1946 Studebaker Truck Right Mirror Arm

For those interested in making a mirror arm for the right side of the 46 Studebaker pickup, I'll show how I went about copying the left side arm.

This is what I started with. This mirror arm came with a 5"round non glare mirror head that I bought on eBay for the truck. I have no idea what the arm was for, but it was a start. I first made a template off the drivers door for the outer skin and another for the front of the door shell, flipped those patterns and market the right door, cut the hole in the skin and then went to the next step.

After heating bending and hammering the arm into the right shape and welding the hinge mount part into shape and cutting the extra length off the end. I hammered and shaped a round for the mirror head to mount on. I cut two pieces of plate and welded those to the arm and together. Then I ground the weld to shape.

After fitting the arm through the hole that I copied from the left side door, I drilled through the front, holding the arm in place and made a mark in the mirror where a 1/4" countersunk oval head screw will go. I then removed the mirror arm and drilled that hole and threaded it 1/4-20. I bolted the mirror arm in with one hex head bolt and then drilled the other two holes into the arm slightly in order to achieve a precision fit for the finish bolts. I then removed the arm again and drilled and tapped the rest of the holes and then recessed those hole to allow for the countersunk screws. I then bolted the arm into place with some sacrificial screws and heated the hole in the door shell, and ran the screws in while it was red hot, in order to create the countersink.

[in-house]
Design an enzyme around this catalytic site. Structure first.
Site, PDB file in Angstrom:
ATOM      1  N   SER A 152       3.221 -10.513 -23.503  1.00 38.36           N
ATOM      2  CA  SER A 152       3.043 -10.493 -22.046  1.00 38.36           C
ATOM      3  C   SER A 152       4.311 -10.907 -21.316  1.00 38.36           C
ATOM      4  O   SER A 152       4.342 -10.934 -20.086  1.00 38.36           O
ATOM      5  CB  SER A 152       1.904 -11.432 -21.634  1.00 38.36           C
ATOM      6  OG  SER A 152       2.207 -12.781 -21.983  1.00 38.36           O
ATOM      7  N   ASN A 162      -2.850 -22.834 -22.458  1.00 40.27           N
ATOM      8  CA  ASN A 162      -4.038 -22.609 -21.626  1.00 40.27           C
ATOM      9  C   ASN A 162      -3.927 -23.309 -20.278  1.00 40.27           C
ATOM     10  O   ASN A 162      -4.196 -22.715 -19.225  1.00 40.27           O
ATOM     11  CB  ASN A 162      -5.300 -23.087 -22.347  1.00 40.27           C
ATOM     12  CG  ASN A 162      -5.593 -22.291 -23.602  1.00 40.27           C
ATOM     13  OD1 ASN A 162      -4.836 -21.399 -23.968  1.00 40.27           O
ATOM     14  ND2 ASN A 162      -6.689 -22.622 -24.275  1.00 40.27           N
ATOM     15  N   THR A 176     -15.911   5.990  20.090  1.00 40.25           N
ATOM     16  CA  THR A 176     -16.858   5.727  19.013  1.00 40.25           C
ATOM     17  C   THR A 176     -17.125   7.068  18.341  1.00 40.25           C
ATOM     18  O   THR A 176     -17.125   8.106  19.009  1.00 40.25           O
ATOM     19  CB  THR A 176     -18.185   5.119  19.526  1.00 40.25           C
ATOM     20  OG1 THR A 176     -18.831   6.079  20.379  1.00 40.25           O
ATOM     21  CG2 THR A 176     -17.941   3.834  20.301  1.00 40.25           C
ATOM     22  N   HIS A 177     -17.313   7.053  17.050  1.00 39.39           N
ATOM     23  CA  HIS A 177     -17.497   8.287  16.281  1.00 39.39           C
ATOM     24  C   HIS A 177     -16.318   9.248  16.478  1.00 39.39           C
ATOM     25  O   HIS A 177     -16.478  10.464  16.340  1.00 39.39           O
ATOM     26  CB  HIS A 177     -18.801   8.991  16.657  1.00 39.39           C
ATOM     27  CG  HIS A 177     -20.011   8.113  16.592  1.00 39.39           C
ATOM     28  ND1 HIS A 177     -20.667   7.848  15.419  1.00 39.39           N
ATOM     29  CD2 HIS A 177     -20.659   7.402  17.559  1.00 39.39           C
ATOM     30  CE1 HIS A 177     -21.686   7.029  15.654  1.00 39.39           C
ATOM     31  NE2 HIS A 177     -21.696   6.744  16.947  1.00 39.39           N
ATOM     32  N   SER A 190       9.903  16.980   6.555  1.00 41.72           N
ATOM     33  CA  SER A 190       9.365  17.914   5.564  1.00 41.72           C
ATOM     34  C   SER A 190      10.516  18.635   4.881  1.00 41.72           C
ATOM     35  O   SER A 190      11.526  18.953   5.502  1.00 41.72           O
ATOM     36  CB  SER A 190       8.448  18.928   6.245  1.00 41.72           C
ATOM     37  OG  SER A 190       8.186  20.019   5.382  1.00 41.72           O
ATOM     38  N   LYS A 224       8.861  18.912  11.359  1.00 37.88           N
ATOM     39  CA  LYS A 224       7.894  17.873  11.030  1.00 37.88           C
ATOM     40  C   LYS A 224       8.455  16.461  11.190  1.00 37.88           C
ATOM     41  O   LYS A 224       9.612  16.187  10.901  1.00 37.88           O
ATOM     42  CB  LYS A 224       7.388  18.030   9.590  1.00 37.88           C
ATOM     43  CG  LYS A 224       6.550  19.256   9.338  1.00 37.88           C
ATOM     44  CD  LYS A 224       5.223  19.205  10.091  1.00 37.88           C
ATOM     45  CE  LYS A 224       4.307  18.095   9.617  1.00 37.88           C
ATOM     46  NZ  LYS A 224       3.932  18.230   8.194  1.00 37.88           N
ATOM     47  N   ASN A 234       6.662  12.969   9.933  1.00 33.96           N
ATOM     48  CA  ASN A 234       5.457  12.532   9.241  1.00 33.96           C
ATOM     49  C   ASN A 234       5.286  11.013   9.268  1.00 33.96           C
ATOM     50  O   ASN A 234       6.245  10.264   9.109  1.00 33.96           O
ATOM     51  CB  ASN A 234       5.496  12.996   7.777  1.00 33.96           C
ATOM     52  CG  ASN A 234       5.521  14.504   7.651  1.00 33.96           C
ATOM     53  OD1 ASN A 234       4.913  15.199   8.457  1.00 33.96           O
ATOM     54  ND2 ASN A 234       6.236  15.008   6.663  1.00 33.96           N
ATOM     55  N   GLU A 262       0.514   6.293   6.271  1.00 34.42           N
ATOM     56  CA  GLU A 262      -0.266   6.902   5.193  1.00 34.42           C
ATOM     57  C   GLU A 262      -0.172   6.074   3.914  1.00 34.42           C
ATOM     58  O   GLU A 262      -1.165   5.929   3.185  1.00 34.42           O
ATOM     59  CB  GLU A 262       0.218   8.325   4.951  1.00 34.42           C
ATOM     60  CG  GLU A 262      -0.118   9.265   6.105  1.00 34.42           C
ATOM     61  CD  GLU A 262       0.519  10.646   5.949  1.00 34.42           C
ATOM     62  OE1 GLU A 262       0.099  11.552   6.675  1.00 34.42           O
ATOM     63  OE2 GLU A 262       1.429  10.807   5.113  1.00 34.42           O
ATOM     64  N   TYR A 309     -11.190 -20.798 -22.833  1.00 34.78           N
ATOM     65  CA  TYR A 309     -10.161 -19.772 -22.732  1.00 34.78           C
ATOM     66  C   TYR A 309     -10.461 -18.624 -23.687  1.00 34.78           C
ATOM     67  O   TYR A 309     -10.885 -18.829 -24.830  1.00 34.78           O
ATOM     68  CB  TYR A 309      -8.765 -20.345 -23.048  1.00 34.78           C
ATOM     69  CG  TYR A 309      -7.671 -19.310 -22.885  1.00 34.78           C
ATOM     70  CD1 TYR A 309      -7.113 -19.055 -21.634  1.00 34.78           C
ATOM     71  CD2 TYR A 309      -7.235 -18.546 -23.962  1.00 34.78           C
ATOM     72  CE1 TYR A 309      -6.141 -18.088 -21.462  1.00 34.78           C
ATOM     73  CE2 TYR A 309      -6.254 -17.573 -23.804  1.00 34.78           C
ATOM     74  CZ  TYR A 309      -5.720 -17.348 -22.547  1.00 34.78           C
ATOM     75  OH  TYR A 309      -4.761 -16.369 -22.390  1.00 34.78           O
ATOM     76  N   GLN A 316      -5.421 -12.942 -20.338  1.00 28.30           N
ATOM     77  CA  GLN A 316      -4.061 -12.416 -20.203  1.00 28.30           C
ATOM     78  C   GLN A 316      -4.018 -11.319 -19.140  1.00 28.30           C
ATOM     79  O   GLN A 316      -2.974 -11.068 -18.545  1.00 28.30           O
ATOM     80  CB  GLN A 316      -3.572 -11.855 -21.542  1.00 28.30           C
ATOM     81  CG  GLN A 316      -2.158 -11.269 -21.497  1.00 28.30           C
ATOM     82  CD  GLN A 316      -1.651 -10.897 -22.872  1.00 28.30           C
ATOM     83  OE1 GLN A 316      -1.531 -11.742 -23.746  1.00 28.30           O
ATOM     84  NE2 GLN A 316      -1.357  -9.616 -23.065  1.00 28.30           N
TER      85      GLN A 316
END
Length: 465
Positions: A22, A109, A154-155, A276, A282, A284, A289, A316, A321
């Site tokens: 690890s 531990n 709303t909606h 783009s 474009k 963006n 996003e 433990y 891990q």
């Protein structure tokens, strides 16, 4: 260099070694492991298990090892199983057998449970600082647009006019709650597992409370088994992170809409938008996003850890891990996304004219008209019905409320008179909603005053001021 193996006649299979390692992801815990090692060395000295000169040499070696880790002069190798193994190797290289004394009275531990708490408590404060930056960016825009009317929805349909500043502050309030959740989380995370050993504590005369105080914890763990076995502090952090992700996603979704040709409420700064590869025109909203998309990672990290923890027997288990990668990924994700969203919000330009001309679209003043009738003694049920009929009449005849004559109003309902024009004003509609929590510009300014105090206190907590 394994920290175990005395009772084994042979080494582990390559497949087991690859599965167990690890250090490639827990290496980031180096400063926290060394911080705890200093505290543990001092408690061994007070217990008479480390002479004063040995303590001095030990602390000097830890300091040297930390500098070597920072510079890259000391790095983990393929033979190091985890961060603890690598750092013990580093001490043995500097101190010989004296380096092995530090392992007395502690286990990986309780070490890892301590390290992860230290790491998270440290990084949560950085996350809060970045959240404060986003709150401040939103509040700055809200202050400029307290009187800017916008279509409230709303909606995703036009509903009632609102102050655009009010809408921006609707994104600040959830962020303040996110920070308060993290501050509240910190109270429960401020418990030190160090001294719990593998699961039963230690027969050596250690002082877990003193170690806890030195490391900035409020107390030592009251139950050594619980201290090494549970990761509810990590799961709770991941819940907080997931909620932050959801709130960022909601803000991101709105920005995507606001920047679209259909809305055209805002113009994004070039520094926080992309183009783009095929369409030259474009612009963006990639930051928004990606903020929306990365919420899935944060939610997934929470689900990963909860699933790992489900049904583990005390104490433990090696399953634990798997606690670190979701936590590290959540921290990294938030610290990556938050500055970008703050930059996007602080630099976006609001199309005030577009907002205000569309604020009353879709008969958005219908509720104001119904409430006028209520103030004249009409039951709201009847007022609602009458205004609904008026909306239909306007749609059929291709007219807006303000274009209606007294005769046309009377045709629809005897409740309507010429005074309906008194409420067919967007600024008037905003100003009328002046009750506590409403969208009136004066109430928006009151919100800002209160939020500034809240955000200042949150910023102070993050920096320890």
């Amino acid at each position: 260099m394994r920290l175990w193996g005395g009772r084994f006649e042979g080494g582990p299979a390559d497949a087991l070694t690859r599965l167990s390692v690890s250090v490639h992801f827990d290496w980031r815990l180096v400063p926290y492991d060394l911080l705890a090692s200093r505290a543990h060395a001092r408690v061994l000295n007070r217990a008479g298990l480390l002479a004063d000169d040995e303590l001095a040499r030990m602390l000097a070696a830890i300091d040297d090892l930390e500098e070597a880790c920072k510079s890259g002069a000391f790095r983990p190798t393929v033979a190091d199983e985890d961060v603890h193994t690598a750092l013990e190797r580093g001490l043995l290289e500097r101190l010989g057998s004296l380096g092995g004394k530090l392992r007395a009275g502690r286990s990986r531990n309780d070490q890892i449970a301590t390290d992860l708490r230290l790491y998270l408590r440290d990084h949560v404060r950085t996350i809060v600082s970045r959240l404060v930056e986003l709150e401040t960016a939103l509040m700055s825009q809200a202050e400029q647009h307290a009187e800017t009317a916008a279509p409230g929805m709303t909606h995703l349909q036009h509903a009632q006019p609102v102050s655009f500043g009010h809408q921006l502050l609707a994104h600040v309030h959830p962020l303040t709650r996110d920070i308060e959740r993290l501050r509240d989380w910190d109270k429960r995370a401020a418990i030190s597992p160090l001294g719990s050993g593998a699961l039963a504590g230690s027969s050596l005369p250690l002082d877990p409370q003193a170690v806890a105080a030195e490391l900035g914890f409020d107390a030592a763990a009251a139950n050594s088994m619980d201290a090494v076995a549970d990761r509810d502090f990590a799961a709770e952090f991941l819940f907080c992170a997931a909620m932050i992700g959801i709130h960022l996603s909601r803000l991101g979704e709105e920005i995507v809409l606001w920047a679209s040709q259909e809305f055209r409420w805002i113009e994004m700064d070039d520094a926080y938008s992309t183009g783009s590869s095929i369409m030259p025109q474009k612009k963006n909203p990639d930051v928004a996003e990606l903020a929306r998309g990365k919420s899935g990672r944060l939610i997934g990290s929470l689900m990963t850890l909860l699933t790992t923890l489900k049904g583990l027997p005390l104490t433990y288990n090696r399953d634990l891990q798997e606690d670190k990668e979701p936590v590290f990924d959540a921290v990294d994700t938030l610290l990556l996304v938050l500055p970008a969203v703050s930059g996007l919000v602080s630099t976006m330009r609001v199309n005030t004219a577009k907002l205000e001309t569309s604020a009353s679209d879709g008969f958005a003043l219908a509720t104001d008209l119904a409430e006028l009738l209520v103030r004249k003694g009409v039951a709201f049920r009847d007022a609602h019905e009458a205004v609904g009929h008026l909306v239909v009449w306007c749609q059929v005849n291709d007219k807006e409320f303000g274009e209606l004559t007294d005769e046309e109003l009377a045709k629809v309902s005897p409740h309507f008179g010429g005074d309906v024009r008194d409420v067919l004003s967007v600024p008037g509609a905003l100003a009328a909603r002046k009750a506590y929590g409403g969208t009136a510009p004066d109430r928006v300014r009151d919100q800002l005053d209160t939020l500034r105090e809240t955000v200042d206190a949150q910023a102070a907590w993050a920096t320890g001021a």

The process actually took me about 6 hours to complete, using a die grinder 3" cutoff wheel,  oxy-acetylene torch, hammer, anvil, vice, drill press with several size bits including one to recess the holes like the original, a 1/4" tap, and impact driver. I had some flat stock in my inventory for the mounting part. I used a mig welder to make it one piece and used a thicker cut off wheel for grinding the weld as well as a roloc disc and a rotary file in the die grinder. I hammered the areas that show that were "too smooth" in order to give it the natural cast look.

I since ordered and received some oval slot head finish screws for the final assembly. I'm pleased with how it turned out, and can now have a right side mirror. 

Here is the 1937 Chevrolet Pickup Right Mirror Arm that I made.

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